NCPA - National Center for Policy Analysis


May 28, 2008

One "change" presidential candidate Barack Obama apparently believes in is higher prices, says the Wall Street Journal.  Witness his letter last week urging President George W. Bush not to submit the U.S.-South Korea free-trade agreement to Congress for ratification.

Obama's objection, as stated in his letter, is that the deal "would give Korean exports essentially unfettered access to the U.S. market and would eliminate our best opportunity for obtaining genuinely reciprocal market access in one of the world's largest economies."  In other words, ordinary American consumers would get too good a deal.

For an idea of how good, look at automobiles, about which Obama professes particular concern:

  • The free-trade agreement would eliminate America's 2.5 percent tariff on most Korean car imports.
  • Even better, it would phase out the 25 percent tariff on pick-ups and light trucks.
  • Overall, the Korean trade deal would boost the U.S. economy by $10 billion to $12 billion.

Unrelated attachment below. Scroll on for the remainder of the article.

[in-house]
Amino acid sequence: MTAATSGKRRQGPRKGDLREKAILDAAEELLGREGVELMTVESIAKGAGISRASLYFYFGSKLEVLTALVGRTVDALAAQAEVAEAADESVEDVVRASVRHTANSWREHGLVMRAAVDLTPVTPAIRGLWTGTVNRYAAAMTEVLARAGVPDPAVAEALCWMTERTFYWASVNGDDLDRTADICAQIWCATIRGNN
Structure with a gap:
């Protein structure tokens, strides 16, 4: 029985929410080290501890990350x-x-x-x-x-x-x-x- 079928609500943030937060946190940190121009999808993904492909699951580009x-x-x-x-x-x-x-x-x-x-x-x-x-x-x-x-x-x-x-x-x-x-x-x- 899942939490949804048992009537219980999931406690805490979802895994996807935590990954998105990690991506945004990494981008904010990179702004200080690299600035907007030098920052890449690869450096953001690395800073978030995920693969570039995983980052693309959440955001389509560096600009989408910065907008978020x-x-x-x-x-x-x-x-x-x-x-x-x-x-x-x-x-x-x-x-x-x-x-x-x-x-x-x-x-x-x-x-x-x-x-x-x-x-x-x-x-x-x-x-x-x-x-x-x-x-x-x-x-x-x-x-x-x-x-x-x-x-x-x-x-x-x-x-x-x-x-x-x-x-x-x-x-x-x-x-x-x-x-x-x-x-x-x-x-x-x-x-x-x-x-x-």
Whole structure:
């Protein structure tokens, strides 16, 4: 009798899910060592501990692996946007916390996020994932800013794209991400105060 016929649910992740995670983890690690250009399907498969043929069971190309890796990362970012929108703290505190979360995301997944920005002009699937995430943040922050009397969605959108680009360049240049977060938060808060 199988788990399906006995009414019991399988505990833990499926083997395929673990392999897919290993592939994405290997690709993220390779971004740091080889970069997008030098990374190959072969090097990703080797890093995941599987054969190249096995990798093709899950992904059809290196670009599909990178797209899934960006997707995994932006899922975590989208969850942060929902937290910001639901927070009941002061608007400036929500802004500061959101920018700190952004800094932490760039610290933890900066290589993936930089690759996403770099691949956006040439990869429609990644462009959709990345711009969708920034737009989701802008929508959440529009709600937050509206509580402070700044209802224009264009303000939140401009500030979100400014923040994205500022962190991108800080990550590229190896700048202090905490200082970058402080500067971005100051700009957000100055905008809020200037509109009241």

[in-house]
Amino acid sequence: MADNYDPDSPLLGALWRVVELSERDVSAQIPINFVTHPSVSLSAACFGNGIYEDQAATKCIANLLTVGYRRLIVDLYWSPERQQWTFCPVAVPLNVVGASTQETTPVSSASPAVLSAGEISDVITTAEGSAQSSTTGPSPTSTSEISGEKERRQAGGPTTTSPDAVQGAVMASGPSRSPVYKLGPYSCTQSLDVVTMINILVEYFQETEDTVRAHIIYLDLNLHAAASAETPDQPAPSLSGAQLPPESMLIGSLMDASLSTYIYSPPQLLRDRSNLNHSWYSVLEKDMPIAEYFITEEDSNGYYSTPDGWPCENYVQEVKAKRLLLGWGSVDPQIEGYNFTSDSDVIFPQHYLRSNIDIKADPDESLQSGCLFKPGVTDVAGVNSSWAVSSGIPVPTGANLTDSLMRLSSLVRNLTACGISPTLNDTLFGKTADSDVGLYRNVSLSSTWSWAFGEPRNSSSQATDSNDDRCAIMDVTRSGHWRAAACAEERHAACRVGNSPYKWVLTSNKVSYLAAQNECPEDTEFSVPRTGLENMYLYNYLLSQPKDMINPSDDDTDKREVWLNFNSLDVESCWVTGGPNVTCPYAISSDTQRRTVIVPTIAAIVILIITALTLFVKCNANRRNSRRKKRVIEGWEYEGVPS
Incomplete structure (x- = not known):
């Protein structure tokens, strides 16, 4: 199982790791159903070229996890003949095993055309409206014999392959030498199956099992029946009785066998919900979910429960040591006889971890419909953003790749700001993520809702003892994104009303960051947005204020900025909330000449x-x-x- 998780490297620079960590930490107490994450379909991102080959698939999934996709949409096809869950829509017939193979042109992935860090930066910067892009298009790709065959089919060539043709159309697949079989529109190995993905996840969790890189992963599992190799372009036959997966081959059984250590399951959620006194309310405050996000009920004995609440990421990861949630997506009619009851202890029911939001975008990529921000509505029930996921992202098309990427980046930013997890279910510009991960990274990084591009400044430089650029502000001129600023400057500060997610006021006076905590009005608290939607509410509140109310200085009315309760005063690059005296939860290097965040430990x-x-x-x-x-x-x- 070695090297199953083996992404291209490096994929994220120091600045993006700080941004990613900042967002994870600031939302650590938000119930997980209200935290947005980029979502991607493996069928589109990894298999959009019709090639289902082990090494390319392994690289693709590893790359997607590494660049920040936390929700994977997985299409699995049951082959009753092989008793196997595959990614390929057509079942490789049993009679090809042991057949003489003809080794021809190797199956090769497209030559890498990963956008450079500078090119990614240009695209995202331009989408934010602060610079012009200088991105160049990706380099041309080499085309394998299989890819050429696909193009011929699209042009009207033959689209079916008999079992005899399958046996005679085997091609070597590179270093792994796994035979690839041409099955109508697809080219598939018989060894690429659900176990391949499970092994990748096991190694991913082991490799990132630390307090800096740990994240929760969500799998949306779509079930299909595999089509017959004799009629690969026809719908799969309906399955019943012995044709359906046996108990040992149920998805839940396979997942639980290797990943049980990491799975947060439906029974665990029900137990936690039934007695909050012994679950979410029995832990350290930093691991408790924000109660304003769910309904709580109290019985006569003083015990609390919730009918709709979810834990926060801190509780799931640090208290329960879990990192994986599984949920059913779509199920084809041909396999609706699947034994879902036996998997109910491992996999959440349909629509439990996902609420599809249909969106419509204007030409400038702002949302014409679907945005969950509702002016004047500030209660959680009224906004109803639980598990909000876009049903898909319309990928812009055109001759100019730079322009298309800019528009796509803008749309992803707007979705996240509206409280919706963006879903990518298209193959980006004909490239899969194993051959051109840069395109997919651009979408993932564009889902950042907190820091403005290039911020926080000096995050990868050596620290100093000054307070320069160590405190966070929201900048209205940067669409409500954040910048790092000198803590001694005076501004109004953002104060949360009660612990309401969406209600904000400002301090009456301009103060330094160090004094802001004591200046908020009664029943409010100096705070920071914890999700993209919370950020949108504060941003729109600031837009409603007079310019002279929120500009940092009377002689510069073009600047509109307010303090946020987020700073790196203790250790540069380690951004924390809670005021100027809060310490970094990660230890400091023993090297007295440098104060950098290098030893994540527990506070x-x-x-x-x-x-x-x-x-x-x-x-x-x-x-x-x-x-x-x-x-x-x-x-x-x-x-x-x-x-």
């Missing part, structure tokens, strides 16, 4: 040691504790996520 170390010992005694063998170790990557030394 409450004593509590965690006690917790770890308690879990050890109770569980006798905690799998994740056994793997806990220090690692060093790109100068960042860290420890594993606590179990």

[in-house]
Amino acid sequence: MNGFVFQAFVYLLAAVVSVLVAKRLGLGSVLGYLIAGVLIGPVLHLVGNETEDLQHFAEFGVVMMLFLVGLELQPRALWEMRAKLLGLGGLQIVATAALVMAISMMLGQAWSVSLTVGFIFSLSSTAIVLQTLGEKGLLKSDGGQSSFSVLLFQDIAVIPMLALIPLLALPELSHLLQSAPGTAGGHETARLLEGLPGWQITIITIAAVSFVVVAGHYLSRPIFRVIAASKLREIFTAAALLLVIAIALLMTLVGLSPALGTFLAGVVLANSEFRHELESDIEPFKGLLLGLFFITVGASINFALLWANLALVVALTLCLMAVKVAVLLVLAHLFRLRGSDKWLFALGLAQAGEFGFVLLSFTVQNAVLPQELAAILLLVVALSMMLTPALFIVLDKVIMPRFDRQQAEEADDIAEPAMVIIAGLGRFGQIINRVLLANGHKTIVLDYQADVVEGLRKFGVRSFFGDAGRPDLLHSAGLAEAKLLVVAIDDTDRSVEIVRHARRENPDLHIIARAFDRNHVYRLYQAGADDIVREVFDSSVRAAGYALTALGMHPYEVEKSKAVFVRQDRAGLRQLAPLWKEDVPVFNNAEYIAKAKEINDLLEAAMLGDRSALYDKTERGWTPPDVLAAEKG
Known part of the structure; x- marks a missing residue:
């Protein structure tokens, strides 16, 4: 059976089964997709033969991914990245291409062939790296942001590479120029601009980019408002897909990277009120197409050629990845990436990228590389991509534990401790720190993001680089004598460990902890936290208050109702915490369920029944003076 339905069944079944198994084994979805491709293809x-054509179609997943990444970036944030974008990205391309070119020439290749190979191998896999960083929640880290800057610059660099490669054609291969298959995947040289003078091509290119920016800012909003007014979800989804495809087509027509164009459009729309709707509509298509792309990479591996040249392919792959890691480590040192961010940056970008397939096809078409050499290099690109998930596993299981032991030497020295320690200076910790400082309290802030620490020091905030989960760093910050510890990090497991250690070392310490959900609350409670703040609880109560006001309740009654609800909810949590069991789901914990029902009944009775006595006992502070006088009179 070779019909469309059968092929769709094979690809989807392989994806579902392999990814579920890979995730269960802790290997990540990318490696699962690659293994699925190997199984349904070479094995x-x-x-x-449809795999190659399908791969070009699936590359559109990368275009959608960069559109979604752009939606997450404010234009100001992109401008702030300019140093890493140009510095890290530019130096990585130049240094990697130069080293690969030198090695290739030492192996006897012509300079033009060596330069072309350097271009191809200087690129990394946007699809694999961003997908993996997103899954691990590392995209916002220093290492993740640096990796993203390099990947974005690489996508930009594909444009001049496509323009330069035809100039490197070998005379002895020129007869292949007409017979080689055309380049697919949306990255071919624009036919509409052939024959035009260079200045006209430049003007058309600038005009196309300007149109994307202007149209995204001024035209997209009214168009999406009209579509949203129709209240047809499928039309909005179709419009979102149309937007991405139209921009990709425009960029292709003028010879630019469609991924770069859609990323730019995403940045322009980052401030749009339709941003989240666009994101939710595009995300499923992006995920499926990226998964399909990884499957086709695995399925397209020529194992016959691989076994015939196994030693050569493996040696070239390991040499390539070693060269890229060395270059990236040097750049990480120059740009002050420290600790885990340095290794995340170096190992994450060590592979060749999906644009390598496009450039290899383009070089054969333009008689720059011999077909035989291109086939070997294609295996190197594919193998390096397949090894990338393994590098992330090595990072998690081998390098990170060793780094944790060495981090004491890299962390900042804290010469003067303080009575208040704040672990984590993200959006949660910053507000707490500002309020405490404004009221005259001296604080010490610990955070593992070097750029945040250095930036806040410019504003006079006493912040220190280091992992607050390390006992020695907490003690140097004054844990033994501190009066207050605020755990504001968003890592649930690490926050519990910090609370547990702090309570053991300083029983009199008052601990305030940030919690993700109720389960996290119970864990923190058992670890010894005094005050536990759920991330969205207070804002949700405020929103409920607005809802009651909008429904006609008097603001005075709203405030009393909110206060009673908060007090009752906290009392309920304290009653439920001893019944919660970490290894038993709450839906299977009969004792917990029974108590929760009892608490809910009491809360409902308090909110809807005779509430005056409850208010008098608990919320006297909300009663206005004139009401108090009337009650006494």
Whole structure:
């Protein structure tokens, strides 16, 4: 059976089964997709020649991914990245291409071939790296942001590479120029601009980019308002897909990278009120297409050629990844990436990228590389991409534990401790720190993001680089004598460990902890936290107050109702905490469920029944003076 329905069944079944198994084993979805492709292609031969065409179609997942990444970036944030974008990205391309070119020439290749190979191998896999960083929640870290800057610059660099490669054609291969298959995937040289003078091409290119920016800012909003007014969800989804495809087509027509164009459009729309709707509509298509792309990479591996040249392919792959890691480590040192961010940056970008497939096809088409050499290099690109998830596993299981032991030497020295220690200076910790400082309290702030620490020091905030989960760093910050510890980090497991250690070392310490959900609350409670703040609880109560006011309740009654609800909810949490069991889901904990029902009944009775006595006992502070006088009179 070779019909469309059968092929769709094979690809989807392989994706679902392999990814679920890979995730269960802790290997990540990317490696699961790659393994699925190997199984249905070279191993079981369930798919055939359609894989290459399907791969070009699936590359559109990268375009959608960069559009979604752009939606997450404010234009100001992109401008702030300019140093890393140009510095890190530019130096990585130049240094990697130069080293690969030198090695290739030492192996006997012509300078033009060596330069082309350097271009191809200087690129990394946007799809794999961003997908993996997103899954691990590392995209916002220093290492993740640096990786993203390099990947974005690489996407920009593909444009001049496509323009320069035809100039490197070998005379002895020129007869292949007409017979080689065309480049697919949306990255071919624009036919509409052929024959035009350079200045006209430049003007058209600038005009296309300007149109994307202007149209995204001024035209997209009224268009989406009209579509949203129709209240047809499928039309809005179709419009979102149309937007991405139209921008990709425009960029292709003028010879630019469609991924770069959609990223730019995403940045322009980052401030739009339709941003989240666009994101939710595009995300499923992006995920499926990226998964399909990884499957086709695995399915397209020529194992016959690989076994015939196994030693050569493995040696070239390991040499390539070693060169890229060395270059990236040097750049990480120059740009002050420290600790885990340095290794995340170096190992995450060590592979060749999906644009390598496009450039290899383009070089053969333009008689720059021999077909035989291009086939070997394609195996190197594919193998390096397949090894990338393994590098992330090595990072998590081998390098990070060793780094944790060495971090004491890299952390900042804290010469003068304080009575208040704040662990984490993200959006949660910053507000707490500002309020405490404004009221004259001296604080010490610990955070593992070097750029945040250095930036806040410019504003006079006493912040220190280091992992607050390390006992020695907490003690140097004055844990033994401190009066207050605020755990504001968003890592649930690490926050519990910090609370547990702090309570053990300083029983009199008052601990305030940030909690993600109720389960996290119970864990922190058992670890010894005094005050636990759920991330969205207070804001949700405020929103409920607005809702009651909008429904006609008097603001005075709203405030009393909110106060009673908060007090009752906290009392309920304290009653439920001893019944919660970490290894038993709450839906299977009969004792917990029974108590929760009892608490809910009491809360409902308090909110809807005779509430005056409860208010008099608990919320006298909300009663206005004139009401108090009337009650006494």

Obama thinks this benefit to U.S. consumers isn't worth the risk that South Korea might not live up to its promise to eliminate its own 8 percent tariff on U.S. autos and cut its bewildering array of nontariff barriers, such as arcane safety standards.  This despite the fact that the deal includes enforcement provisions if Korea backtracks, explains the Journal.

On the record so far, Obama is the most protectionist U.S. presidential candidate in decades.  In February he inserted a statement opposing the Korean trade deal into the Congressional record only days before securing the endorsement of the powerful Teamsters union.  He also opposes the U.S.-Colombia pact, and he has called for rewriting the North American Free Trade Agreement (Nafta) -- unilaterally if Canada and Mexico don't play along.  Obama's economic adviser, Austan Goolsbee, told Canadian officials this was all for primary show, but the candidate is backing himself into a political corner should he win the White House.

Source: Editorial, "Change You'll Have to Pay For," Wall Street Journal, May 28, 2008.

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